The ACAS website defines vicarious liability as:
'Vicarious liability refers to a situation where someone is held responsible for the actions or omissions of another person. In a workplace context, an employer can be liable for the acts or omissions of its employees, provided it can be shown that they took place in the course of their employment.
Many employers are unaware that they can be liable for a range of actions committed by their employees in the course of their employment - these can include bullying and harassment, violent or discriminatory acts or even libel and breach of copyright. It's also possible to take action against an employer for the behaviour of third parties, such as clients and customers, provided these parties are deemed to be under the control of the employer.
The key question of any case of vicarious liability is whether the employee was acting in a personal capacity, or in the course of their employment.'
This is becoming an important issue for employers, given the increase in the use of freelance and self-employed staff – the so-called 'gig economy'.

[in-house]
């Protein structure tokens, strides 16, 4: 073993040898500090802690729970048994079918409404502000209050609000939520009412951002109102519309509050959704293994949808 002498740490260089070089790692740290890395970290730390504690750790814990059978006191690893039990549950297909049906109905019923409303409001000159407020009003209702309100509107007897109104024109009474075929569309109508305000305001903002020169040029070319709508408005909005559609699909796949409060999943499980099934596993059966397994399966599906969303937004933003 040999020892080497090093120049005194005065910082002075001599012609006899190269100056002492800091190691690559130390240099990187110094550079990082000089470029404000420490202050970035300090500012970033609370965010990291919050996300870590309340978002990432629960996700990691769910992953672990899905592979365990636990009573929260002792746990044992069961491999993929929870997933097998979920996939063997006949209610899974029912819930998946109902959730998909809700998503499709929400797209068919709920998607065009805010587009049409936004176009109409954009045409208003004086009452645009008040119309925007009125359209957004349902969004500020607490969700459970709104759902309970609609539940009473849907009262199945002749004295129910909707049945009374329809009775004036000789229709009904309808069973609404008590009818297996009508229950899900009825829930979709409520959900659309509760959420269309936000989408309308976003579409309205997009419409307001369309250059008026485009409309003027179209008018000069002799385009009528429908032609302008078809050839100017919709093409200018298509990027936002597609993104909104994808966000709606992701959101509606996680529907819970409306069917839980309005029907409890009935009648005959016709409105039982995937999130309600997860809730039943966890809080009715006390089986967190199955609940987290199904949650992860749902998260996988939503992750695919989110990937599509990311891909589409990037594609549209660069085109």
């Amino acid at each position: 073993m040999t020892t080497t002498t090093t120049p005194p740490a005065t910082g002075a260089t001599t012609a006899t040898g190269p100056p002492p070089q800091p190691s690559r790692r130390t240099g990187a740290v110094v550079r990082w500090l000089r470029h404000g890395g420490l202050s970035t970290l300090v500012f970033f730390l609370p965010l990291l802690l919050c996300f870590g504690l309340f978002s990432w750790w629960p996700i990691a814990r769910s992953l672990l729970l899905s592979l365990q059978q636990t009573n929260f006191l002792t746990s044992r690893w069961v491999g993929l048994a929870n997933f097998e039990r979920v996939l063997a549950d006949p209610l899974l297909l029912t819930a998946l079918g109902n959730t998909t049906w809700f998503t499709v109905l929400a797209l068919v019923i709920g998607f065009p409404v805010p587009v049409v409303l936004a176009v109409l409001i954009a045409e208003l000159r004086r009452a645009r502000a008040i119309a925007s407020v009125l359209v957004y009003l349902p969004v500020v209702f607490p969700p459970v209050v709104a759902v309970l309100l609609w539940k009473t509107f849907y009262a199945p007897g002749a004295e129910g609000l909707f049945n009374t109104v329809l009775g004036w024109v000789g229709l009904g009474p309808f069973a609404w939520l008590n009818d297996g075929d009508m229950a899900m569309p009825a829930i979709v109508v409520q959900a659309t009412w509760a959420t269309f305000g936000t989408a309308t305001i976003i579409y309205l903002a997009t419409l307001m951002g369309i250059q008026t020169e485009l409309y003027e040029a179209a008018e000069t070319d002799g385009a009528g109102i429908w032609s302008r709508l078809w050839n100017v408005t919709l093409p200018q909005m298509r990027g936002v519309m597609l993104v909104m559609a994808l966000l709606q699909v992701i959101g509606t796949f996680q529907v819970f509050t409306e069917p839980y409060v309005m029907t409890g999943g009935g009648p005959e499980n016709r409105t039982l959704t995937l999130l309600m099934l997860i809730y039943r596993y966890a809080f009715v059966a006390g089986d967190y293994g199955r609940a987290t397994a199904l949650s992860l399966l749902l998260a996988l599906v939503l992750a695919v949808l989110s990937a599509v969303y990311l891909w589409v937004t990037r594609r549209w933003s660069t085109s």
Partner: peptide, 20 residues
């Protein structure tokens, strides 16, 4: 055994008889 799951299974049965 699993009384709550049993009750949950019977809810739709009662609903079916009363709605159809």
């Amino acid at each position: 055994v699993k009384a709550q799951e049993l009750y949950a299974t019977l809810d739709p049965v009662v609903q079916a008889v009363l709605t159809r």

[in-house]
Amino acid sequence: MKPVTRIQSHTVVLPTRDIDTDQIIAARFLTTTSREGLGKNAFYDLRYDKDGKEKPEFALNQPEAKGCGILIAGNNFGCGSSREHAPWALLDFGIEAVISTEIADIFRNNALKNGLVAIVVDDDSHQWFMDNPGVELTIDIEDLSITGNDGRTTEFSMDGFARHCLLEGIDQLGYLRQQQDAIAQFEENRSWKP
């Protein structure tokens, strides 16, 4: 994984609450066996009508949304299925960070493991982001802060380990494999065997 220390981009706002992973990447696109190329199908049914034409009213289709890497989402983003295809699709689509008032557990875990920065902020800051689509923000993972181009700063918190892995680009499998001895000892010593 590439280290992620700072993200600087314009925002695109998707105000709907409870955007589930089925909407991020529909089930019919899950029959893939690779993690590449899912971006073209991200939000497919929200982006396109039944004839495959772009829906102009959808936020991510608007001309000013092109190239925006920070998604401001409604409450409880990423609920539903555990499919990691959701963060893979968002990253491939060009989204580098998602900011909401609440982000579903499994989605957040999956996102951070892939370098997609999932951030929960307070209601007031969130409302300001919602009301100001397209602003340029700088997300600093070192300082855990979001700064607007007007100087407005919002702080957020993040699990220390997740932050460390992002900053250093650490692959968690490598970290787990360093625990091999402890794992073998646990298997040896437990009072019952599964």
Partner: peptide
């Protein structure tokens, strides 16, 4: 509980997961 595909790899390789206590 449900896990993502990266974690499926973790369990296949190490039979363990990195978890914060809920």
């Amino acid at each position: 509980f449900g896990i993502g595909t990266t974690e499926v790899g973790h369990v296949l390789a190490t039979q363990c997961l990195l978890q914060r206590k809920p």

The Court of Appeal has recently considered the law of vicarious liability in this context. It was observed that the law of vicarious liability has been 'on the move' in recent times and the Court of Appeal's judgment has moved the law further in favour of claimants.
126 claimants brought a claim in damages against Barclays Bank. The Bank employed a doctor to carry out medical checks on staff in relation to current or future employment. The claimants had no choice as to who carried out these checks. The doctor has since died – but the police concluded that there would have been enough evidence to prosecute the doctor for sexual assaults committed by the doctor against the staff.
The Bank argued that the doctor was self-employed and engaged as an independent contractor and that is role was not 'akin to employment'.
The High Court held that there was a sufficient link between the alleged sexual assaults and the employment and the Court of Appeal agreed with this analysis. The Bank was held to be vicariously liable for the actions of the doctor.
Irwin LJ in the Court of Appeal said: 'Changes in the structures of employment, and of contracts for the provisions of services, are widespread. Operations intrinsic to a business enterprise are routinely performed by independent contractors, over long periods, accompanied by precise obligations and high levels of control.'
This is an important decision for employers who take on freelance and independent workers.
To discuss this or any other employment related issue, contact us.